People who say it cannot be done should not interrupt those who are doing it. Welcome to From On High.

Sunday, May 24, 2009

A Movie Review

I wanted to take a moment to mention a movie that Paula and I watched on DVD last night. "Slumdog Millionaire." I enjoyed it immensely. Whether it was good enough to earn the Oscar, I'll leave to others, but it's a good three stars on my four-star-o-meter easily.

I bring it up for a specific reason. I feel the need to point out one aspect of the flick that no one else - to my knowledge - has touched on.

It relates to Capitalism.

Or at least capital.

Yes, it's a love story. And a great one.

But there is a subtext that I found truly fascinating.

The story is about a young boy who was born into abject poverty in the slums of Bombay, India, in a seething hellhole of wanton nothingness and filth the likes of which no one in this country has ever seen or experienced. Over time, he and his brother, through a bit of good luck and a larger bit of "street-smarts," are able to make their way out of that teeming cesspool of inhumanity by scamming tourists at the Taj Mahal, pickpocketing, thievery, and assorted other less-than honorable "occupations." Eventually the protagonist makes his way onto the TV show, "Who Wants To Be a Millionaire," and the plot comes together from there (I'll not reveal it beyond what I've written).

But there is something that I found intriguing. The young man is able to make his way out of poverty and into a comfortable life, in part, because Bombay itself was rapidly bursting out of impoverishment. It's telling that the largest city in India even changed its name (to Mumbai*) over time, signifying its transformation. We watch as wretched villages of mud and corrugated metal turn into gleeming high-rise apartments and office buildings, a city that metamorphosed from being an open sewer to a bustling global commercial hub (traffic jams and all).

I couldn't help but think about all the problems America's cities are experiencing right now. About how some of them are turning into cesspools themselves. I think particularly of Detroit. And about how America's city leaders are all increasingly turning to the federal government for help.

Why is it happening?

Mostly because millions of jobs and hundreds of billions in wealth have, in recent decades, fled overseas. To places like Mumbai. And, whether you like it or not, it's easier and more remunerative to do business there than here.

Such the contrast. While America moves inexorably toward socializing every aspect of our lives (and wondering why it isn't working as we do it), and with its industrial base (along with its financial base?) crumbling, a large segment of the population of Mumbai is, for the first time in its centuries-long existence, enjoying prosperity. Because capital has found a home there.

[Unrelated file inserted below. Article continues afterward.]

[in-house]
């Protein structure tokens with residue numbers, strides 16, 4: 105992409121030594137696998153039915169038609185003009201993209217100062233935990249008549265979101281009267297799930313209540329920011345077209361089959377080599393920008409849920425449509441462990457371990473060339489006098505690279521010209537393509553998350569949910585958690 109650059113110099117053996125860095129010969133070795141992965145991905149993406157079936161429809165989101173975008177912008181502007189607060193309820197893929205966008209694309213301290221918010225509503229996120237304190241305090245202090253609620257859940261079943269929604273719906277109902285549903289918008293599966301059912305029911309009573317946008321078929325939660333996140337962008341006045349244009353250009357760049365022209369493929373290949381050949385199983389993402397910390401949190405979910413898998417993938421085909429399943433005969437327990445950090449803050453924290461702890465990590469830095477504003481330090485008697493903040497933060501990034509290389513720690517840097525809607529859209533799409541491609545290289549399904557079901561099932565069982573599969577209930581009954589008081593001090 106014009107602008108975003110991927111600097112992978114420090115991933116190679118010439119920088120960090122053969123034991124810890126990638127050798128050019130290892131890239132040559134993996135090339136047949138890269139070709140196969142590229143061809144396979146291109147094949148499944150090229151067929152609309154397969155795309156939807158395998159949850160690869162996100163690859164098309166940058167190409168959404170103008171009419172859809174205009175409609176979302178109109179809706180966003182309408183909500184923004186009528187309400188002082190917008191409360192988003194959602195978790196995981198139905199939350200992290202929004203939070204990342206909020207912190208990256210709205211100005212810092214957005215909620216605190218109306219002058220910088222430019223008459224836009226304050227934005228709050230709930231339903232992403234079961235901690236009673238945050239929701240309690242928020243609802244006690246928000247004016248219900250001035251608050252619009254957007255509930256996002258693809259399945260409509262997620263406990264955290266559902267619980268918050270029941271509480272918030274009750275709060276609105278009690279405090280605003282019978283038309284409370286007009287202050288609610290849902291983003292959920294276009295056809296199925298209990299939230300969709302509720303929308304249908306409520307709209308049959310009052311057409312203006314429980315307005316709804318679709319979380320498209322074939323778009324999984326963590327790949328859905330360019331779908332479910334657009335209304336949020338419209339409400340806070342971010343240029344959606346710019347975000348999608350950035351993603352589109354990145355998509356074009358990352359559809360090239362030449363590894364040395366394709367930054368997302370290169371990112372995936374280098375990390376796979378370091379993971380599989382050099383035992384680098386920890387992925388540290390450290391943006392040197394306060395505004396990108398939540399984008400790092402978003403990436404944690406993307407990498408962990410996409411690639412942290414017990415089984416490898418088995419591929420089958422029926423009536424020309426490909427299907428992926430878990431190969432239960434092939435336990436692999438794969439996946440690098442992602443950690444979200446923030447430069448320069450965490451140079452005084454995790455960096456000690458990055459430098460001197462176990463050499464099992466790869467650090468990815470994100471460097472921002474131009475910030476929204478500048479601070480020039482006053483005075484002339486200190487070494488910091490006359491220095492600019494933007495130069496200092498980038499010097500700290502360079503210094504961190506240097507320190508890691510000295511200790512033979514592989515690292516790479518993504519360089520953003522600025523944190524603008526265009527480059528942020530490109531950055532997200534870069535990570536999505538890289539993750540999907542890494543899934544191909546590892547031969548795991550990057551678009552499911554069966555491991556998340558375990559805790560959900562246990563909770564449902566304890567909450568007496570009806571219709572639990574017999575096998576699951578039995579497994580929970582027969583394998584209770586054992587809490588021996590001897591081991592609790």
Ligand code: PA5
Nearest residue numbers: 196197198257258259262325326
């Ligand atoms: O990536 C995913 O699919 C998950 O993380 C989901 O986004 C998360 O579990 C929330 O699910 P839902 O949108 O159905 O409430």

Say what you will about cheap labor and poor working conditions. Capital is fleeing the U.S. and is thriving in places like Mumbai. And its not an accident. In either case.

So. I recommend that you get a copy of "Slumdog Millionaire" and watch it. Pay close attention to the love story. It's inspiring.

But watch those shantytowns get bulldozed and gated communities spring up too. To me, that's even more inspiring.

Perhaps someday, here in the good old USA ...

- - -

* You might wonder why the name change. The word "Bombay" was considered by many Indians to be a British term (mongrelized from a Poruguese term). And all Indians still hate the British. So, in an effort to assert and promote its complete independence from the days of the British Raj, the name was changed to Mumbai.

They Need a Slap Upside The Head

In August of 1866 in Stafford, England a murderer, one William Collier, previously sentenced to death for murdering another man, was dutifully hanged. And, because the rope broke and he crashed to the ground in the first attempt, he was dragged atop the scaffold and hanged again. The second effort proved successful. His neck snapped and Collier died a quick - well, sorta - death.

One wonders what thoughts went through the man's mind in that brief period between execution, reprieve, and execution.

Whatever they were, my guess is, his meditations didn't include questioning the intent of the executioner. That, it would seem to a rational person, was pretty clear.

So what's up with the heads of America's coal companies? There's the noose, the scaffold, the expressed intent, the walk up the scaffold steps, the drop, the shock. The question: "What's Obama doing to us?"

Obama's mining approach leaves industry wondering
By Tim Huber, AP Business Writer